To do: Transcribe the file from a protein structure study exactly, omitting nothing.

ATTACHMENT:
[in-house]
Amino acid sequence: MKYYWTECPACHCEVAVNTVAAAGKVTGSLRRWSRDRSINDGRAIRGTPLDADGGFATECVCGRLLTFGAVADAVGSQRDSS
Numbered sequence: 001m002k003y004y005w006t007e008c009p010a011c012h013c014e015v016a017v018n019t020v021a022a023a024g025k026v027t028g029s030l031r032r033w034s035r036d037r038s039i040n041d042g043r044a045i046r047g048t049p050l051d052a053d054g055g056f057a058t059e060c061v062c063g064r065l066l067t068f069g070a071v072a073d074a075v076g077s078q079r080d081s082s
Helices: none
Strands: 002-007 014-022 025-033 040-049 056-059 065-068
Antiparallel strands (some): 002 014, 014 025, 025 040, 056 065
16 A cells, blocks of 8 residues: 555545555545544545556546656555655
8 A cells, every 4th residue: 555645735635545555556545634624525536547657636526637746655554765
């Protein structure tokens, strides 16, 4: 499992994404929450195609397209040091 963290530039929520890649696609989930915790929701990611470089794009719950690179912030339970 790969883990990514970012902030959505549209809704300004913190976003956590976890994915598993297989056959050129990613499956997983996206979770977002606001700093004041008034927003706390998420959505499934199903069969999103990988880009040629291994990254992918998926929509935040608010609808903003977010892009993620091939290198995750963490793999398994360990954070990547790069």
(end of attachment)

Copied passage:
[in-house]
Amino acid sequence: MKYYWTECPACHCEVAVNTVAAAGKVTGSLRRWSRDRSINDGRAIRGTPLDADGGFATECVCGRLLTFGAVADAVGSQRDSS
Numbered sequence: 001m002k003y004y005w006t007e008c009p010a011c012h013c014e015v016a017v018n019t020v021a022a023a024g025k026v027t028g029s030l031r032r033w034s035r036d037r038s039i040n041d042g043r044a045i046r047g048t049p050l051d052a053d054g055g056f057a058t059e060c061v062c063g064r065l066l067t068f069g070a071v072a073d074a075v076g077s078q079r080d081s082s
Helices: none
Strands: 002-007 014-022 025-033 040-049 056-059 065-068
Antiparallel strands (some): 002 014, 014 025, 025 040, 056 065
16 A cells, blocks of 8 residues: 555545555545544545556546656555655
8 A cells, every 4th residue: 555645735635545555556545634624525536547657636526637746655554765
């Protein structure tokens, strides 16, 4: 499992994404929450195609397209040091 963290530039929520890649696609989930915790929701990611470089794009719950690179912030339970 790969883990990514970012902030959505549209809704300004913190976003956590976890994915598993297989056959050129990613499956997983996206979770977002606001700093004041008034927003706390998420959505499934199903069969999103990988880009040629291994990254992918998926929509935040608010609808903003977010892009993620091939290198995750963490793999398994360990954070990547790069």